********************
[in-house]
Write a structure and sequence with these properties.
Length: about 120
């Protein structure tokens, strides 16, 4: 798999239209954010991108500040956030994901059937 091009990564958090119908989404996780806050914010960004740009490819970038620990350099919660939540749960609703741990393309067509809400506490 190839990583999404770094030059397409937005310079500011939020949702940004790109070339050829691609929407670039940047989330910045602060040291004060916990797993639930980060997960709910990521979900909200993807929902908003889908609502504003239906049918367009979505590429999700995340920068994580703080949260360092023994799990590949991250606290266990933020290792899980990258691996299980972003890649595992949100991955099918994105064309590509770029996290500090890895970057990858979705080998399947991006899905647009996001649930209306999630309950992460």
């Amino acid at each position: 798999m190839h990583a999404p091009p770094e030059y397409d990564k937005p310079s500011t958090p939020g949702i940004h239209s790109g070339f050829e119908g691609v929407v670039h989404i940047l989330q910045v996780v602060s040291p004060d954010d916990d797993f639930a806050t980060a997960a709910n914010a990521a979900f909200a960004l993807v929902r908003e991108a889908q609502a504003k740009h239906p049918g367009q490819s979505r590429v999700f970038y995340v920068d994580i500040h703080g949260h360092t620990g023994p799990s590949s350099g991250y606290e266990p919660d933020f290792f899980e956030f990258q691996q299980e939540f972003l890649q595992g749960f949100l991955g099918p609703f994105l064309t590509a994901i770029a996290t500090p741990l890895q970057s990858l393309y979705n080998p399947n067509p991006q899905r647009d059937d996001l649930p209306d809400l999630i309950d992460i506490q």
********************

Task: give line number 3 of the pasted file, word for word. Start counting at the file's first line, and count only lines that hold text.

Length: about 120